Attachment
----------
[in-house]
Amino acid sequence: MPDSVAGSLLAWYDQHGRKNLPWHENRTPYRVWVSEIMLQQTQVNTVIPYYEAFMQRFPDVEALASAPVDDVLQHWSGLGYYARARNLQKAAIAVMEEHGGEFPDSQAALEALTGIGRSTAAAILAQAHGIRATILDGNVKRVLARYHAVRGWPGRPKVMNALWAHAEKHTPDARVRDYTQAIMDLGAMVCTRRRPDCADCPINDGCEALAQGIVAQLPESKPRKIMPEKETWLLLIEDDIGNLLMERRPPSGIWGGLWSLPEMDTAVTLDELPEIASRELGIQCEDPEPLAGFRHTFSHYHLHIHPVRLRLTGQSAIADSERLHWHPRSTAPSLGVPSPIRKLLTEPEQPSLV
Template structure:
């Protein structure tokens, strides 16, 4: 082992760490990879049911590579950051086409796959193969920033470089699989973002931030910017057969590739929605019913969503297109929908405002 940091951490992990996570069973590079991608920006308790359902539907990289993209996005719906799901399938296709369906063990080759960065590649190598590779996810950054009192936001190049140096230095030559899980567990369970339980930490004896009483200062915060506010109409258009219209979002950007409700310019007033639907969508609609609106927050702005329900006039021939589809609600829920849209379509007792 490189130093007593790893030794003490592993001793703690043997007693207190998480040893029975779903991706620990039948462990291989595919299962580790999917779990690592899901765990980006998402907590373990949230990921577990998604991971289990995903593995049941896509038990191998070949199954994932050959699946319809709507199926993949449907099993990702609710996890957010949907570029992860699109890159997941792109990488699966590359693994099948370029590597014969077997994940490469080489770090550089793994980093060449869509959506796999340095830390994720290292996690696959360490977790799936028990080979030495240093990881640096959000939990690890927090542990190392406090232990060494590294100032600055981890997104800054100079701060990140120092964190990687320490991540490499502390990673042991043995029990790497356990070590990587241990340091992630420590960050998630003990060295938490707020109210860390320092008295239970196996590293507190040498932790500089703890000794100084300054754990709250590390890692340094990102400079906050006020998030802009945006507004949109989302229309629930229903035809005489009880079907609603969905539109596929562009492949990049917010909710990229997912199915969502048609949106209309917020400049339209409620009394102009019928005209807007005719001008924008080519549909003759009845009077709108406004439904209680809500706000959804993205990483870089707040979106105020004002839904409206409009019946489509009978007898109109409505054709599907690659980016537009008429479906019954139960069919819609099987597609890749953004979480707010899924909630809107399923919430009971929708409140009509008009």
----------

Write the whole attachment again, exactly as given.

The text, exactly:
[in-house]
Amino acid sequence: MPDSVAGSLLAWYDQHGRKNLPWHENRTPYRVWVSEIMLQQTQVNTVIPYYEAFMQRFPDVEALASAPVDDVLQHWSGLGYYARARNLQKAAIAVMEEHGGEFPDSQAALEALTGIGRSTAAAILAQAHGIRATILDGNVKRVLARYHAVRGWPGRPKVMNALWAHAEKHTPDARVRDYTQAIMDLGAMVCTRRRPDCADCPINDGCEALAQGIVAQLPESKPRKIMPEKETWLLLIEDDIGNLLMERRPPSGIWGGLWSLPEMDTAVTLDELPEIASRELGIQCEDPEPLAGFRHTFSHYHLHIHPVRLRLTGQSAIADSERLHWHPRSTAPSLGVPSPIRKLLTEPEQPSLV
Template structure:
């Protein structure tokens, strides 16, 4: 082992760490990879049911590579950051086409796959193969920033470089699989973002931030910017057969590739929605019913969503297109929908405002 940091951490992990996570069973590079991608920006308790359902539907990289993209996005719906799901399938296709369906063990080759960065590649190598590779996810950054009192936001190049140096230095030559899980567990369970339980930490004896009483200062915060506010109409258009219209979002950007409700310019007033639907969508609609609106927050702005329900006039021939589809609600829920849209379509007792 490189130093007593790893030794003490592993001793703690043997007693207190998480040893029975779903991706620990039948462990291989595919299962580790999917779990690592899901765990980006998402907590373990949230990921577990998604991971289990995903593995049941896509038990191998070949199954994932050959699946319809709507199926993949449907099993990702609710996890957010949907570029992860699109890159997941792109990488699966590359693994099948370029590597014969077997994940490469080489770090550089793994980093060449869509959506796999340095830390994720290292996690696959360490977790799936028990080979030495240093990881640096959000939990690890927090542990190392406090232990060494590294100032600055981890997104800054100079701060990140120092964190990687320490991540490499502390990673042991043995029990790497356990070590990587241990340091992630420590960050998630003990060295938490707020109210860390320092008295239970196996590293507190040498932790500089703890000794100084300054754990709250590390890692340094990102400079906050006020998030802009945006507004949109989302229309629930229903035809005489009880079907609603969905539109596929562009492949990049917010909710990229997912199915969502048609949106209309917020400049339209409620009394102009019928005209807007005719001008924008080519549909003759009845009077709108406004439904209680809500706000959804993205990483870089707040979106105020004002839904409206409009019946489509009978007898109109409505054709599907690659980016537009008429479906019954139960069919819609099987597609890749953004979480707010899924909630809107399923919430009971929708409140009509008009």